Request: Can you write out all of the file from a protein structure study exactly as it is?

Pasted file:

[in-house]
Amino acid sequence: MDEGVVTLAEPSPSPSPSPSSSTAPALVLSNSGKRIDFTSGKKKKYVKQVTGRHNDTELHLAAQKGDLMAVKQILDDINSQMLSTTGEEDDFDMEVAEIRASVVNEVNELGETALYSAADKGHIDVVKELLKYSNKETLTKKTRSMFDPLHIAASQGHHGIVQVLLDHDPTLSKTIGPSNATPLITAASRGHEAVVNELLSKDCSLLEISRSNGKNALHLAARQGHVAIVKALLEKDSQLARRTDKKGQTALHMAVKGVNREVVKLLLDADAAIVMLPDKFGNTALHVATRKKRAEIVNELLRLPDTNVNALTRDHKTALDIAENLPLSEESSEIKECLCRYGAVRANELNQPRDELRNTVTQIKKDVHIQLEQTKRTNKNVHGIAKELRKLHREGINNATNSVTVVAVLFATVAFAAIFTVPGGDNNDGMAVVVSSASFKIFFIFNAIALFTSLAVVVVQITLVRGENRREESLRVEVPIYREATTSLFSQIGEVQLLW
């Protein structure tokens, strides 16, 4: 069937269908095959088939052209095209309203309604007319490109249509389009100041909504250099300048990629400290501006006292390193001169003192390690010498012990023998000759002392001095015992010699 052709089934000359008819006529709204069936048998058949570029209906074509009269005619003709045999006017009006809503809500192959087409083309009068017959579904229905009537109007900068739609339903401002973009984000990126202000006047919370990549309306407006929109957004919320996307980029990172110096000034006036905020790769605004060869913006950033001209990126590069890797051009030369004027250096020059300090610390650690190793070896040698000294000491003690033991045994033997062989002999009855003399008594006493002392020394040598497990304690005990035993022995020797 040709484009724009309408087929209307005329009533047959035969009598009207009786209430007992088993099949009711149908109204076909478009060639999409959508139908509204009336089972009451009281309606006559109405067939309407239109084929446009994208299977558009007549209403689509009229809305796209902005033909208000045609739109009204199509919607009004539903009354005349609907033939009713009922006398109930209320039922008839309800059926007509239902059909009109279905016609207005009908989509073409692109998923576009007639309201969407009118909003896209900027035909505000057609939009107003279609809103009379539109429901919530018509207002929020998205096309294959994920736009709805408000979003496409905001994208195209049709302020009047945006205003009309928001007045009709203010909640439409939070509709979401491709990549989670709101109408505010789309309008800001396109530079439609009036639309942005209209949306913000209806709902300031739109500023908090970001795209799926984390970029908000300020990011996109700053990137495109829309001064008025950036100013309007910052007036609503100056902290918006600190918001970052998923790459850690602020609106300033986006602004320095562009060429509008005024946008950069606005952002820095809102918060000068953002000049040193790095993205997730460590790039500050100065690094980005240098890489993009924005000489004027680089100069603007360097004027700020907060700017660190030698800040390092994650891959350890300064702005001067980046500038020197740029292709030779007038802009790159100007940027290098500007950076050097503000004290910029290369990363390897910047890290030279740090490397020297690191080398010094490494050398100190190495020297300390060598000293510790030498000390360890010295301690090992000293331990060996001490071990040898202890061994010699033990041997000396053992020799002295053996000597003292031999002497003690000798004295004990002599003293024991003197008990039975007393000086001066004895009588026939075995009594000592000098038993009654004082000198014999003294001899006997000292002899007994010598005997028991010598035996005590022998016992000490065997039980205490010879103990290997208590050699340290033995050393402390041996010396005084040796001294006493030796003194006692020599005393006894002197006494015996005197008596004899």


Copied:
[in-house]
Amino acid sequence: MDEGVVTLAEPSPSPSPSPSSSTAPALVLSNSGKRIDFTSGKKKKYVKQVTGRHNDTELHLAAQKGDLMAVKQILDDINSQMLSTTGEEDDFDMEVAEIRASVVNEVNELGETALYSAADKGHIDVVKELLKYSNKETLTKKTRSMFDPLHIAASQGHHGIVQVLLDHDPTLSKTIGPSNATPLITAASRGHEAVVNELLSKDCSLLEISRSNGKNALHLAARQGHVAIVKALLEKDSQLARRTDKKGQTALHMAVKGVNREVVKLLLDADAAIVMLPDKFGNTALHVATRKKRAEIVNELLRLPDTNVNALTRDHKTALDIAENLPLSEESSEIKECLCRYGAVRANELNQPRDELRNTVTQIKKDVHIQLEQTKRTNKNVHGIAKELRKLHREGINNATNSVTVVAVLFATVAFAAIFTVPGGDNNDGMAVVVSSASFKIFFIFNAIALFTSLAVVVVQITLVRGENRREESLRVEVPIYREATTSLFSQIGEVQLLW
């Protein structure tokens, strides 16, 4: 069937269908095959088939052209095209309203309604007319490109249509389009100041909504250099300048990629400290501006006292390193001169003192390690010498012990023998000759002392001095015992010699 052709089934000359008819006529709204069936048998058949570029209906074509009269005619003709045999006017009006809503809500192959087409083309009068017959579904229905009537109007900068739609339903401002973009984000990126202000006047919370990549309306407006929109957004919320996307980029990172110096000034006036905020790769605004060869913006950033001209990126590069890797051009030369004027250096020059300090610390650690190793070896040698000294000491003690033991045994033997062989002999009855003399008594006493002392020394040598497990304690005990035993022995020797 040709484009724009309408087929209307005329009533047959035969009598009207009786209430007992088993099949009711149908109204076909478009060639999409959508139908509204009336089972009451009281309606006559109405067939309407239109084929446009994208299977558009007549209403689509009229809305796209902005033909208000045609739109009204199509919607009004539903009354005349609907033939009713009922006398109930209320039922008839309800059926007509239902059909009109279905016609207005009908989509073409692109998923576009007639309201969407009118909003896209900027035909505000057609939009107003279609809103009379539109429901919530018509207002929020998205096309294959994920736009709805408000979003496409905001994208195209049709302020009047945006205003009309928001007045009709203010909640439409939070509709979401491709990549989670709101109408505010789309309008800001396109530079439609009036639309942005209209949306913000209806709902300031739109500023908090970001795209799926984390970029908000300020990011996109700053990137495109829309001064008025950036100013309007910052007036609503100056902290918006600190918001970052998923790459850690602020609106300033986006602004320095562009060429509008005024946008950069606005952002820095809102918060000068953002000049040193790095993205997730460590790039500050100065690094980005240098890489993009924005000489004027680089100069603007360097004027700020907060700017660190030698800040390092994650891959350890300064702005001067980046500038020197740029292709030779007038802009790159100007940027290098500007950076050097503000004290910029290369990363390897910047890290030279740090490397020297690191080398010094490494050398100190190495020297300390060598000293510790030498000390360890010295301690090992000293331990060996001490071990040898202890061994010699033990041997000396053992020799002295053996000597003292031999002497003690000798004295004990002599003293024991003197008990039975007393000086001066004895009588026939075995009594000592000098038993009654004082000198014999003294001899006997000292002899007994010598005997028991010598035996005590022998016992000490065997039980205490010879103990290997208590050699340290033995050393402390041996010396005084040796001294006493030796003194006692020599005393006894002197006494015996005197008596004899």